By his own admission, David Bridie is going quietly.
The master musician, who has gently and sometimes almost imperceptibly left his stamp on the Australian music industry, is getting back out on the road. But it's not a tour as such.
He explains it this way: "I'm playing little gigs at places I've played before where it's felt right."
And that is why he's arriving in the very familiar surrounds of Wauchope on the NSW Mid North Coast on October 15.
The gig at Wauchope Community Arts Hall will be his fifth but unlike the others, it will be a solo affair.
"I love Wauchope for so many reasons," Bridie says from Alice Springs.
"It's a performance space with a wonderful piano; the people there have a take on art that I agree with; and from the moment I arrive there, to the gig, to the next morning, it's always a special experience."
So, not a lot to live up to, right?
Things is, Bridie can't wait to sit at Wauchope's Kawai piano again.
"A totally solo gig with such a great grand piano - I know it will work."
And it's not as if he'll be short on material. Beyond his most recent solo offerings, Bridie will dip into the archives of his bands and collaborations.
That means the evocative sounds of Not Drowning, Waving; the chamber pop of My Friend the Chocolate Cake plus any number of cross-cultural partnerships are there for his taking.
It is, by any reckoning, a substantive body of work. And Bridie, with a touch of humility, knows it.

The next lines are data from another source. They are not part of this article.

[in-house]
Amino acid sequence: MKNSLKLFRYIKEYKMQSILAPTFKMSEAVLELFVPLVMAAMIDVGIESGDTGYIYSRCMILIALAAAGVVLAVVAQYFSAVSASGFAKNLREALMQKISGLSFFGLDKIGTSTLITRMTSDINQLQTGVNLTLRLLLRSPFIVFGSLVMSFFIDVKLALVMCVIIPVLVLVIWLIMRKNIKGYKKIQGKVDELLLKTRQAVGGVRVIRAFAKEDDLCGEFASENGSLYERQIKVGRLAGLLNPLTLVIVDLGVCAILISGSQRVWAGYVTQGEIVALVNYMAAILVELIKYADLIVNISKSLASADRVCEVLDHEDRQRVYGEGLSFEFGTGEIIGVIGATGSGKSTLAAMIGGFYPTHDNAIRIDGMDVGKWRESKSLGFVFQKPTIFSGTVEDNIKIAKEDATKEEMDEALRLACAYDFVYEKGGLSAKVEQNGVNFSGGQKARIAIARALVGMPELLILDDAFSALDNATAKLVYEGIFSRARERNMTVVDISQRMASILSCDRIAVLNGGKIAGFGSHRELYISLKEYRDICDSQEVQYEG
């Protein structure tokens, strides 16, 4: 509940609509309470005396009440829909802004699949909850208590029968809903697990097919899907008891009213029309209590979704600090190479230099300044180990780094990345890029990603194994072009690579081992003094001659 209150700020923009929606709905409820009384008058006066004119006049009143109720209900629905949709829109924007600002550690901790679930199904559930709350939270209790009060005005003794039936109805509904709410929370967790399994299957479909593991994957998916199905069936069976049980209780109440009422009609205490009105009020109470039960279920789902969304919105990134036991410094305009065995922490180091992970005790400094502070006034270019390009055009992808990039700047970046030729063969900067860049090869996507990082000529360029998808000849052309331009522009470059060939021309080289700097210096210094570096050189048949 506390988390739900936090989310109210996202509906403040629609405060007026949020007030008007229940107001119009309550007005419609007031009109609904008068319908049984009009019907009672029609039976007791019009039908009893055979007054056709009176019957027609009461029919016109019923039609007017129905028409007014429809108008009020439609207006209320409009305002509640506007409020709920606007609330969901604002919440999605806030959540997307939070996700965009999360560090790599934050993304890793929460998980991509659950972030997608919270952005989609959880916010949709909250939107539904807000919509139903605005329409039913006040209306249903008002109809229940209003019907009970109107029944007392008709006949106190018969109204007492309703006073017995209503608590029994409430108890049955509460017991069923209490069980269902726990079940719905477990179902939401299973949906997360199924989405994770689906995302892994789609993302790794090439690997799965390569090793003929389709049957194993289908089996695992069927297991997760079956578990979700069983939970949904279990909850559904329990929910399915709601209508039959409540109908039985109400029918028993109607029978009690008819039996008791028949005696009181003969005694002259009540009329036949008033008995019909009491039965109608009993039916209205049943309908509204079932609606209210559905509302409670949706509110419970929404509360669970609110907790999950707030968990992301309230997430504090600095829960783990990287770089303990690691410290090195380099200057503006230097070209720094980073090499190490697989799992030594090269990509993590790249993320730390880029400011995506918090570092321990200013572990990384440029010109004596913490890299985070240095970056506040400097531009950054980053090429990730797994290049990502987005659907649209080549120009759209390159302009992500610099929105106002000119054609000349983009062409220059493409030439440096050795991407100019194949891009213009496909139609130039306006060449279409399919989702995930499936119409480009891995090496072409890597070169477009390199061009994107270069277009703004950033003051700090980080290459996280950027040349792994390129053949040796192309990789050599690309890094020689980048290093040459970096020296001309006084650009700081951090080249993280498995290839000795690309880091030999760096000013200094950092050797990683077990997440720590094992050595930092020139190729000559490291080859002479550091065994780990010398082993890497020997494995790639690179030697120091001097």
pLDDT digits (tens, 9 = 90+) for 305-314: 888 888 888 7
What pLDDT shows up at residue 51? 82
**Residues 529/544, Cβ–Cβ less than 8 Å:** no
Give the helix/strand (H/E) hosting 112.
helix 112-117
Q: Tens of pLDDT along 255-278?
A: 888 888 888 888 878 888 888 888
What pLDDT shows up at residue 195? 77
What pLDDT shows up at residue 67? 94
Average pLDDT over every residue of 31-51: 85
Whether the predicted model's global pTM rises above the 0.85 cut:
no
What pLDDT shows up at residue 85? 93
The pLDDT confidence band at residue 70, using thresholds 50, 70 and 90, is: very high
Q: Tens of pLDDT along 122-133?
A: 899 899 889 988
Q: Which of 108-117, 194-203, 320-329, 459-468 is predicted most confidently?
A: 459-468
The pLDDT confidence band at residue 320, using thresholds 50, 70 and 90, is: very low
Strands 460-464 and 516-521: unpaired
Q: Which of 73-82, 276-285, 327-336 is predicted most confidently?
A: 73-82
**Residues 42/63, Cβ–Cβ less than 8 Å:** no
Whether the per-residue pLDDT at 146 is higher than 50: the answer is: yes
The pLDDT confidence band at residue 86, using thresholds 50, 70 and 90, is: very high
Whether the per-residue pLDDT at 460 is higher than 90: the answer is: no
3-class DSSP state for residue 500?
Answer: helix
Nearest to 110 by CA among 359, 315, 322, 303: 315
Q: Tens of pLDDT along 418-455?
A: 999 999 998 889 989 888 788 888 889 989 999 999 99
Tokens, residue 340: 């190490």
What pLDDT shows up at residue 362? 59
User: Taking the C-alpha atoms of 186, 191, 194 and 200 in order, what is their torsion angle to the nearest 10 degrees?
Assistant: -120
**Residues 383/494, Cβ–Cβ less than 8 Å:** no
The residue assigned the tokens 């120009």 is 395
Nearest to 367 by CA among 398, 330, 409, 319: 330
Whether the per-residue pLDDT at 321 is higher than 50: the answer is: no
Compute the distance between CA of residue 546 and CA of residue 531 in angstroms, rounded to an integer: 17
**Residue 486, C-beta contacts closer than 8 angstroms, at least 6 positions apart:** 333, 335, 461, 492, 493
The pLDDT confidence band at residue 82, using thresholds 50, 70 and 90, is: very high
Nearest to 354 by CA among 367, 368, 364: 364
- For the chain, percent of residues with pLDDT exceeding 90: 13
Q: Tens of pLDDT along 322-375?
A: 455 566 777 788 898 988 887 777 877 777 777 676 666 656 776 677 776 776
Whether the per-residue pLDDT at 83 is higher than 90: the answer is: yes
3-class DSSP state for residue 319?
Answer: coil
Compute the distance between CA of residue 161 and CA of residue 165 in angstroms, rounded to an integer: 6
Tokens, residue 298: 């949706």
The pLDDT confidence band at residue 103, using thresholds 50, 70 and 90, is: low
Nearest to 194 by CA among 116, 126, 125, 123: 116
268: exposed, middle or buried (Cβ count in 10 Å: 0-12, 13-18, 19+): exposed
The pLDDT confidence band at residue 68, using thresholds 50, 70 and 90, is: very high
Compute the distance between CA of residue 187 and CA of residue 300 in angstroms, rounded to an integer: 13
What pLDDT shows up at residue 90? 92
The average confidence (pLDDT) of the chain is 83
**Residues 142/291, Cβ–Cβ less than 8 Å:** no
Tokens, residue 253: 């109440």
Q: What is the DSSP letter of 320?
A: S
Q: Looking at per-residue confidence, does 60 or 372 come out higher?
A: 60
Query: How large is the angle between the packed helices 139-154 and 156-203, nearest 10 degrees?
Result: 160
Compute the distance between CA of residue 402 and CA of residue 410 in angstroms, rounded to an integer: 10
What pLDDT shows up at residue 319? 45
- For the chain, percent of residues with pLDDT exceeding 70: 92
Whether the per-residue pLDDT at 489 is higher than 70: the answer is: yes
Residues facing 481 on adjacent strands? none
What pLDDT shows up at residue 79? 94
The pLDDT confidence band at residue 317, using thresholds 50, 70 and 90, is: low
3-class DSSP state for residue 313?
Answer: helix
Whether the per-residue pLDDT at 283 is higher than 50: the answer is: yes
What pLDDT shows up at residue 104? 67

"Playing something from every album isn't feasible but looking back through the archive is revealing.
"For instance, I look at Brood (the Cake's second album) and there literally are seven songs that could be included - easily.
"So curating a retrospective set list is a challenge," he admitted.
The one song from Brood the Wauchope crowd can expect is The Pramsitters.
It's your archetypal Bridie song - essentially, a story presenting as one thing but scratch the surface, and it's quite another.
It's about the cycle of life and, after visiting his aged mum recently, Bridie vowed to play the song at Wauchope.
"Just the thought of it makes me tearful," he said.
But then, moments later, recollections of his aunt - Port Macquarie's Joy Stiller - surface and that prompts a stream of fond memories.
"She was in the Army in World War II and called a spade a ... well, you know."
"She was amazing - lived to be 99 years and eight months, but at 93 came to a show and was just so proud.
"She also made me play a song for the people in her nursing home, insisting that I was really famous.
"No one had any clue who I was."
It's safe to say that won't be the case on October 15 when Bridie knows he'll be among friends.
David Bridie will play "Following the Geography" at Wauchope Community Arts Hall on October 15. Tickets are available online here
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